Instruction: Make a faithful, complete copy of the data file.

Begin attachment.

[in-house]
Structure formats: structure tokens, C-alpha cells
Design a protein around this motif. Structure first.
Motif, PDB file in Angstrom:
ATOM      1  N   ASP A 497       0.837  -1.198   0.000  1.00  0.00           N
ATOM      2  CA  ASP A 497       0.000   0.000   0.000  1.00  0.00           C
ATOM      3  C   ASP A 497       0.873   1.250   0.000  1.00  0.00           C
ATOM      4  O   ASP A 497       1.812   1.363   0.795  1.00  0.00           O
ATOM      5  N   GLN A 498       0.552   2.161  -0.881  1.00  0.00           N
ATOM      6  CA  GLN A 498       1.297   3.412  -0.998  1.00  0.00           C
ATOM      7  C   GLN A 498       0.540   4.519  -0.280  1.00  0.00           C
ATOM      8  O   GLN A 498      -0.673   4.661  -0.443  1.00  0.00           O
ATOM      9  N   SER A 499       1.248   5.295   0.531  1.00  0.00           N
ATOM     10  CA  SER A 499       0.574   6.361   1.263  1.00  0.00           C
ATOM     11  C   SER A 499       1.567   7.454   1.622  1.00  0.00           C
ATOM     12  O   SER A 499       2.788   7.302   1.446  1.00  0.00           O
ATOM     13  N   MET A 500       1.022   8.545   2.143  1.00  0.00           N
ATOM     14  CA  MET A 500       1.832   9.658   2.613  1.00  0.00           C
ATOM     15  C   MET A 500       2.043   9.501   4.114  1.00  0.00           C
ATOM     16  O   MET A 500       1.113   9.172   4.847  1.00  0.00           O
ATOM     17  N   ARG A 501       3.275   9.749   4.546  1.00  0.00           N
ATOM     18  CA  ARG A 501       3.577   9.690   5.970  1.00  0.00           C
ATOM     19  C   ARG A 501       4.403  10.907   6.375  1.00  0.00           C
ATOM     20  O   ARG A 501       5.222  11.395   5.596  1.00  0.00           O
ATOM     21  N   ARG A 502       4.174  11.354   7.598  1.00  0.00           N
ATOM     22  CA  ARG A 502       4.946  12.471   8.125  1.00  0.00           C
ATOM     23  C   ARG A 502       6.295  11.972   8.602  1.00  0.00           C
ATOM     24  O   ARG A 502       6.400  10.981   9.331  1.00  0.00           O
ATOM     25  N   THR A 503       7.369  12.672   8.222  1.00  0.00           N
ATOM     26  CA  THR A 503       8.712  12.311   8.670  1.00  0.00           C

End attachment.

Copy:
[in-house]
Structure formats: structure tokens, C-alpha cells
Design a protein around this motif. Structure first.
Motif, PDB file in Angstrom:
ATOM      1  N   ASP A 497       0.837  -1.198   0.000  1.00  0.00           N
ATOM      2  CA  ASP A 497       0.000   0.000   0.000  1.00  0.00           C
ATOM      3  C   ASP A 497       0.873   1.250   0.000  1.00  0.00           C
ATOM      4  O   ASP A 497       1.812   1.363   0.795  1.00  0.00           O
ATOM      5  N   GLN A 498       0.552   2.161  -0.881  1.00  0.00           N
ATOM      6  CA  GLN A 498       1.297   3.412  -0.998  1.00  0.00           C
ATOM      7  C   GLN A 498       0.540   4.519  -0.280  1.00  0.00           C
ATOM      8  O   GLN A 498      -0.673   4.661  -0.443  1.00  0.00           O
ATOM      9  N   SER A 499       1.248   5.295   0.531  1.00  0.00           N
ATOM     10  CA  SER A 499       0.574   6.361   1.263  1.00  0.00           C
ATOM     11  C   SER A 499       1.567   7.454   1.622  1.00  0.00           C
ATOM     12  O   SER A 499       2.788   7.302   1.446  1.00  0.00           O
ATOM     13  N   MET A 500       1.022   8.545   2.143  1.00  0.00           N
ATOM     14  CA  MET A 500       1.832   9.658   2.613  1.00  0.00           C
ATOM     15  C   MET A 500       2.043   9.501   4.114  1.00  0.00           C
ATOM     16  O   MET A 500       1.113   9.172   4.847  1.00  0.00           O
ATOM     17  N   ARG A 501       3.275   9.749   4.546  1.00  0.00           N
ATOM     18  CA  ARG A 501       3.577   9.690   5.970  1.00  0.00           C
ATOM     19  C   ARG A 501       4.403  10.907   6.375  1.00  0.00           C
ATOM     20  O   ARG A 501       5.222  11.395   5.596  1.00  0.00           O
ATOM     21  N   ARG A 502       4.174  11.354   7.598  1.00  0.00           N
ATOM     22  CA  ARG A 502       4.946  12.471   8.125  1.00  0.00           C
ATOM     23  C   ARG A 502       6.295  11.972   8.602  1.00  0.00           C
ATOM     24  O   ARG A 502       6.400  10.981   9.331  1.00  0.00           O
ATOM     25  N   THR A 503       7.369  12.672   8.222  1.00  0.00           N
ATOM     26  CA  THR A 503       8.712  12.311   8.670  1.00  0.00           C